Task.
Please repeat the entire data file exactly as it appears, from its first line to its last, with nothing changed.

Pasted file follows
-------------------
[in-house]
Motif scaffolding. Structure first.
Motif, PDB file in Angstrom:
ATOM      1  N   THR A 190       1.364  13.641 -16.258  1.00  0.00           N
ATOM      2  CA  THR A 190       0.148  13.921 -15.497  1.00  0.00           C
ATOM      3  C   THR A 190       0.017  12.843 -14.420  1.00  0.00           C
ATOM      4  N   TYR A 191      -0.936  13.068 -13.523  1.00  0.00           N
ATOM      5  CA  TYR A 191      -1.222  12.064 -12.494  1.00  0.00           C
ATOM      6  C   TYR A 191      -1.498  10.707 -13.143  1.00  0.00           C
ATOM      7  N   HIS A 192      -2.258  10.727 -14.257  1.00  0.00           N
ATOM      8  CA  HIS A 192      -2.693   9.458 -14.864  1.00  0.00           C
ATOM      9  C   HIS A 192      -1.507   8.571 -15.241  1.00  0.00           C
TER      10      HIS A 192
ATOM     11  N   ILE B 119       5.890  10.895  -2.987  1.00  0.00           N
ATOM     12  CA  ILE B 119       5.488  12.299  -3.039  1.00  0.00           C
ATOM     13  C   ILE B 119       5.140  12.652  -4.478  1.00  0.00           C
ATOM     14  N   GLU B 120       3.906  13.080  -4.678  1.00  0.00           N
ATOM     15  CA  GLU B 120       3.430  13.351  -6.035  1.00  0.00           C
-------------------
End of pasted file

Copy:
[in-house]
Motif scaffolding. Structure first.
Motif, PDB file in Angstrom:
ATOM      1  N   THR A 190       1.364  13.641 -16.258  1.00  0.00           N
ATOM      2  CA  THR A 190       0.148  13.921 -15.497  1.00  0.00           C
ATOM      3  C   THR A 190       0.017  12.843 -14.420  1.00  0.00           C
ATOM      4  N   TYR A 191      -0.936  13.068 -13.523  1.00  0.00           N
ATOM      5  CA  TYR A 191      -1.222  12.064 -12.494  1.00  0.00           C
ATOM      6  C   TYR A 191      -1.498  10.707 -13.143  1.00  0.00           C
ATOM      7  N   HIS A 192      -2.258  10.727 -14.257  1.00  0.00           N
ATOM      8  CA  HIS A 192      -2.693   9.458 -14.864  1.00  0.00           C
ATOM      9  C   HIS A 192      -1.507   8.571 -15.241  1.00  0.00           C
TER      10      HIS A 192
ATOM     11  N   ILE B 119       5.890  10.895  -2.987  1.00  0.00           N
ATOM     12  CA  ILE B 119       5.488  12.299  -3.039  1.00  0.00           C
ATOM     13  C   ILE B 119       5.140  12.652  -4.478  1.00  0.00           C
ATOM     14  N   GLU B 120       3.906  13.080  -4.678  1.00  0.00           N
ATOM     15  CA  GLU B 120       3.430  13.351  -6.035  1.00  0.00           C